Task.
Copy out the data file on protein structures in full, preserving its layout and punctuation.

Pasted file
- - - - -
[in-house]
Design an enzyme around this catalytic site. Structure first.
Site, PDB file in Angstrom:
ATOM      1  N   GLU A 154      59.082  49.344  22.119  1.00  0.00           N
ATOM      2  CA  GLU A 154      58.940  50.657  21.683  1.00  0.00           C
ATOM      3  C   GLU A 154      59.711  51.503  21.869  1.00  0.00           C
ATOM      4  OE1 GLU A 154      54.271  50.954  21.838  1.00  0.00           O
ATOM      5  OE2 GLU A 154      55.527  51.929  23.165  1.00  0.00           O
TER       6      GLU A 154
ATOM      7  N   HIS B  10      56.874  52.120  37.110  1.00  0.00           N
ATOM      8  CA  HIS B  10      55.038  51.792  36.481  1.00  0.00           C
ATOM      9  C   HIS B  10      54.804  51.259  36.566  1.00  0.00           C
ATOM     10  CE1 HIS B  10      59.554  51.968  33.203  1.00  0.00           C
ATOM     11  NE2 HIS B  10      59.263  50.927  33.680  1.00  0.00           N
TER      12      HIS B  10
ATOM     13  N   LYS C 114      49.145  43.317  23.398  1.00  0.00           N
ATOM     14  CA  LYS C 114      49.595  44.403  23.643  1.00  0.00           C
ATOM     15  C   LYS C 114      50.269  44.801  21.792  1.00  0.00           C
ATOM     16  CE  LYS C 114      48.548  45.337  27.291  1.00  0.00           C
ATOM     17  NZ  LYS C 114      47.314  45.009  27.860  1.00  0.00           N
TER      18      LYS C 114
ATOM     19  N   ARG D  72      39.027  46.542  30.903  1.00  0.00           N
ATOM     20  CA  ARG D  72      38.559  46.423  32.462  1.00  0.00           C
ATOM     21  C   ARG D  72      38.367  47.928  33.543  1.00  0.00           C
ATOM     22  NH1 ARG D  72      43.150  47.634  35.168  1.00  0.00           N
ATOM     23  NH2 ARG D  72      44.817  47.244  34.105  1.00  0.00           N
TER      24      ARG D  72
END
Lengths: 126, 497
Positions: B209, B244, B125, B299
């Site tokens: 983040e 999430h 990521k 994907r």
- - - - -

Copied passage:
[in-house]
Design an enzyme around this catalytic site. Structure first.
Site, PDB file in Angstrom:
ATOM      1  N   GLU A 154      59.082  49.344  22.119  1.00  0.00           N
ATOM      2  CA  GLU A 154      58.940  50.657  21.683  1.00  0.00           C
ATOM      3  C   GLU A 154      59.711  51.503  21.869  1.00  0.00           C
ATOM      4  OE1 GLU A 154      54.271  50.954  21.838  1.00  0.00           O
ATOM      5  OE2 GLU A 154      55.527  51.929  23.165  1.00  0.00           O
TER       6      GLU A 154
ATOM      7  N   HIS B  10      56.874  52.120  37.110  1.00  0.00           N
ATOM      8  CA  HIS B  10      55.038  51.792  36.481  1.00  0.00           C
ATOM      9  C   HIS B  10      54.804  51.259  36.566  1.00  0.00           C
ATOM     10  CE1 HIS B  10      59.554  51.968  33.203  1.00  0.00           C
ATOM     11  NE2 HIS B  10      59.263  50.927  33.680  1.00  0.00           N
TER      12      HIS B  10
ATOM     13  N   LYS C 114      49.145  43.317  23.398  1.00  0.00           N
ATOM     14  CA  LYS C 114      49.595  44.403  23.643  1.00  0.00           C
ATOM     15  C   LYS C 114      50.269  44.801  21.792  1.00  0.00           C
ATOM     16  CE  LYS C 114      48.548  45.337  27.291  1.00  0.00           C
ATOM     17  NZ  LYS C 114      47.314  45.009  27.860  1.00  0.00           N
TER      18      LYS C 114
ATOM     19  N   ARG D  72      39.027  46.542  30.903  1.00  0.00           N
ATOM     20  CA  ARG D  72      38.559  46.423  32.462  1.00  0.00           C
ATOM     21  C   ARG D  72      38.367  47.928  33.543  1.00  0.00           C
ATOM     22  NH1 ARG D  72      43.150  47.634  35.168  1.00  0.00           N
ATOM     23  NH2 ARG D  72      44.817  47.244  34.105  1.00  0.00           N
TER      24      ARG D  72
END
Lengths: 126, 497
Positions: B209, B244, B125, B299
């Site tokens: 983040e 999430h 990521k 994907r």